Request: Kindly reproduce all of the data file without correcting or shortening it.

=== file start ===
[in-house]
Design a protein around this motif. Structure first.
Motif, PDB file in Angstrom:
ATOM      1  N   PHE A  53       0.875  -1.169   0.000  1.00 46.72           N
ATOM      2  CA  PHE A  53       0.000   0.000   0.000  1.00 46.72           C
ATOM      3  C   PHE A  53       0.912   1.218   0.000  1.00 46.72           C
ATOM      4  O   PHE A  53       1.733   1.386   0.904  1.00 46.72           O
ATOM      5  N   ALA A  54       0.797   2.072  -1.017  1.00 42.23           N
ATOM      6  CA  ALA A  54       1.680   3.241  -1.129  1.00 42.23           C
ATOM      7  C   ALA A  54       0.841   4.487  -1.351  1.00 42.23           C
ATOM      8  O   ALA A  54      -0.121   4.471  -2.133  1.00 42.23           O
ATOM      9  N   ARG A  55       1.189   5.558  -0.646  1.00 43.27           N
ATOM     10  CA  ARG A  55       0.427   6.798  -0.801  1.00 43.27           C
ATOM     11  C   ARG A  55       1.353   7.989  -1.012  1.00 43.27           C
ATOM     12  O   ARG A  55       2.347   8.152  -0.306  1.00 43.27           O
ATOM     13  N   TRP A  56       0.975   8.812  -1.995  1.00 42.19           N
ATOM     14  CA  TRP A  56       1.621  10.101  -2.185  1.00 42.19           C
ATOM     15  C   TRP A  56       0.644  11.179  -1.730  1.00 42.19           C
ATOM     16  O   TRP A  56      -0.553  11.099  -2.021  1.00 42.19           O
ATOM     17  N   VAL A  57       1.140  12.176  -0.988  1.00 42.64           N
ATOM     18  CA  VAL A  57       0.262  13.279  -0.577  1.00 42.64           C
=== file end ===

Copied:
[in-house]
Design a protein around this motif. Structure first.
Motif, PDB file in Angstrom:
ATOM      1  N   PHE A  53       0.875  -1.169   0.000  1.00 46.72           N
ATOM      2  CA  PHE A  53       0.000   0.000   0.000  1.00 46.72           C
ATOM      3  C   PHE A  53       0.912   1.218   0.000  1.00 46.72           C
ATOM      4  O   PHE A  53       1.733   1.386   0.904  1.00 46.72           O
ATOM      5  N   ALA A  54       0.797   2.072  -1.017  1.00 42.23           N
ATOM      6  CA  ALA A  54       1.680   3.241  -1.129  1.00 42.23           C
ATOM      7  C   ALA A  54       0.841   4.487  -1.351  1.00 42.23           C
ATOM      8  O   ALA A  54      -0.121   4.471  -2.133  1.00 42.23           O
ATOM      9  N   ARG A  55       1.189   5.558  -0.646  1.00 43.27           N
ATOM     10  CA  ARG A  55       0.427   6.798  -0.801  1.00 43.27           C
ATOM     11  C   ARG A  55       1.353   7.989  -1.012  1.00 43.27           C
ATOM     12  O   ARG A  55       2.347   8.152  -0.306  1.00 43.27           O
ATOM     13  N   TRP A  56       0.975   8.812  -1.995  1.00 42.19           N
ATOM     14  CA  TRP A  56       1.621  10.101  -2.185  1.00 42.19           C
ATOM     15  C   TRP A  56       0.644  11.179  -1.730  1.00 42.19           C
ATOM     16  O   TRP A  56      -0.553  11.099  -2.021  1.00 42.19           O
ATOM     17  N   VAL A  57       1.140  12.176  -0.988  1.00 42.64           N
ATOM     18  CA  VAL A  57       0.262  13.279  -0.577  1.00 42.64           C